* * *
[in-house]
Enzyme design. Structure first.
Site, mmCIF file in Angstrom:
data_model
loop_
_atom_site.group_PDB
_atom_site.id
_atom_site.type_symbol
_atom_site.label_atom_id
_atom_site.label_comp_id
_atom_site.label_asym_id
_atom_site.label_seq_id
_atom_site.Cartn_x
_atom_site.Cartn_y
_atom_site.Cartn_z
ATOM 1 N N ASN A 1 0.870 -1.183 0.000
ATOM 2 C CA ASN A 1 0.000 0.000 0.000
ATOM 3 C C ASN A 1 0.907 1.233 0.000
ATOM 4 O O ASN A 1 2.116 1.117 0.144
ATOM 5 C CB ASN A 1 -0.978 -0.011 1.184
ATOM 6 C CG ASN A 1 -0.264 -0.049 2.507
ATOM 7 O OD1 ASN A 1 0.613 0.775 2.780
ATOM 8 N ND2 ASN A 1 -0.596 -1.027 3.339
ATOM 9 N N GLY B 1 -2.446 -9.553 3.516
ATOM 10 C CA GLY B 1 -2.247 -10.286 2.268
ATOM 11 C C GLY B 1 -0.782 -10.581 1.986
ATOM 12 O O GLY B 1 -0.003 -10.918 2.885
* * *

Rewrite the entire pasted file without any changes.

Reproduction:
[in-house]
Enzyme design. Structure first.
Site, mmCIF file in Angstrom:
data_model
loop_
_atom_site.group_PDB
_atom_site.id
_atom_site.type_symbol
_atom_site.label_atom_id
_atom_site.label_comp_id
_atom_site.label_asym_id
_atom_site.label_seq_id
_atom_site.Cartn_x
_atom_site.Cartn_y
_atom_site.Cartn_z
ATOM 1 N N ASN A 1 0.870 -1.183 0.000
ATOM 2 C CA ASN A 1 0.000 0.000 0.000
ATOM 3 C C ASN A 1 0.907 1.233 0.000
ATOM 4 O O ASN A 1 2.116 1.117 0.144
ATOM 5 C CB ASN A 1 -0.978 -0.011 1.184
ATOM 6 C CG ASN A 1 -0.264 -0.049 2.507
ATOM 7 O OD1 ASN A 1 0.613 0.775 2.780
ATOM 8 N ND2 ASN A 1 -0.596 -1.027 3.339
ATOM 9 N N GLY B 1 -2.446 -9.553 3.516
ATOM 10 C CA GLY B 1 -2.247 -10.286 2.268
ATOM 11 C C GLY B 1 -0.782 -10.581 1.986
ATOM 12 O O GLY B 1 -0.003 -10.918 2.885